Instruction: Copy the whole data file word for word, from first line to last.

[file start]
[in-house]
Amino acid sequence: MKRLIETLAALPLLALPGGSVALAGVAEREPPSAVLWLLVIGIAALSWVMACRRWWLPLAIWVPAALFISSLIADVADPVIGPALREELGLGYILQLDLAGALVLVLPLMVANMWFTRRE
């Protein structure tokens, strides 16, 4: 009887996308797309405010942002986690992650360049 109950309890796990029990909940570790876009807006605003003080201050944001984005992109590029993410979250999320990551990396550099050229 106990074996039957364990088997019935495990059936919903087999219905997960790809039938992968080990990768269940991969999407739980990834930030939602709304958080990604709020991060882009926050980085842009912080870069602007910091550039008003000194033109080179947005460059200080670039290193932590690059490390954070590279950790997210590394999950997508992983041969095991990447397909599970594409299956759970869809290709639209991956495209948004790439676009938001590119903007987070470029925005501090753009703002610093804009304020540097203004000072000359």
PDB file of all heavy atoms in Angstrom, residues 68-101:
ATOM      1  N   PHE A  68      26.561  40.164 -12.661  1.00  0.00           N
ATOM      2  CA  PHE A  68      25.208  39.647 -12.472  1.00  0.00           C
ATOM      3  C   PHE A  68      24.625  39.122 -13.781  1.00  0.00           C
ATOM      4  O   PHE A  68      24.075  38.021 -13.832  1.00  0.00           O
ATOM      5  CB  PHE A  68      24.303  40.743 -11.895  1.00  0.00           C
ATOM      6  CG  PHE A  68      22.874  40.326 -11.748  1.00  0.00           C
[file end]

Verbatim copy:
[in-house]
Amino acid sequence: MKRLIETLAALPLLALPGGSVALAGVAEREPPSAVLWLLVIGIAALSWVMACRRWWLPLAIWVPAALFISSLIADVADPVIGPALREELGLGYILQLDLAGALVLVLPLMVANMWFTRRE
């Protein structure tokens, strides 16, 4: 009887996308797309405010942002986690992650360049 109950309890796990029990909940570790876009807006605003003080201050944001984005992109590029993410979250999320990551990396550099050229 106990074996039957364990088997019935495990059936919903087999219905997960790809039938992968080990990768269940991969999407739980990834930030939602709304958080990604709020991060882009926050980085842009912080870069602007910091550039008003000194033109080179947005460059200080670039290193932590690059490390954070590279950790997210590394999950997508992983041969095991990447397909599970594409299956759970869809290709639209991956495209948004790439676009938001590119903007987070470029925005501090753009703002610093804009304020540097203004000072000359």
PDB file of all heavy atoms in Angstrom, residues 68-101:
ATOM      1  N   PHE A  68      26.561  40.164 -12.661  1.00  0.00           N
ATOM      2  CA  PHE A  68      25.208  39.647 -12.472  1.00  0.00           C
ATOM      3  C   PHE A  68      24.625  39.122 -13.781  1.00  0.00           C
ATOM      4  O   PHE A  68      24.075  38.021 -13.832  1.00  0.00           O
ATOM      5  CB  PHE A  68      24.303  40.743 -11.895  1.00  0.00           C
ATOM      6  CG  PHE A  68      22.874  40.326 -11.748  1.00  0.00           C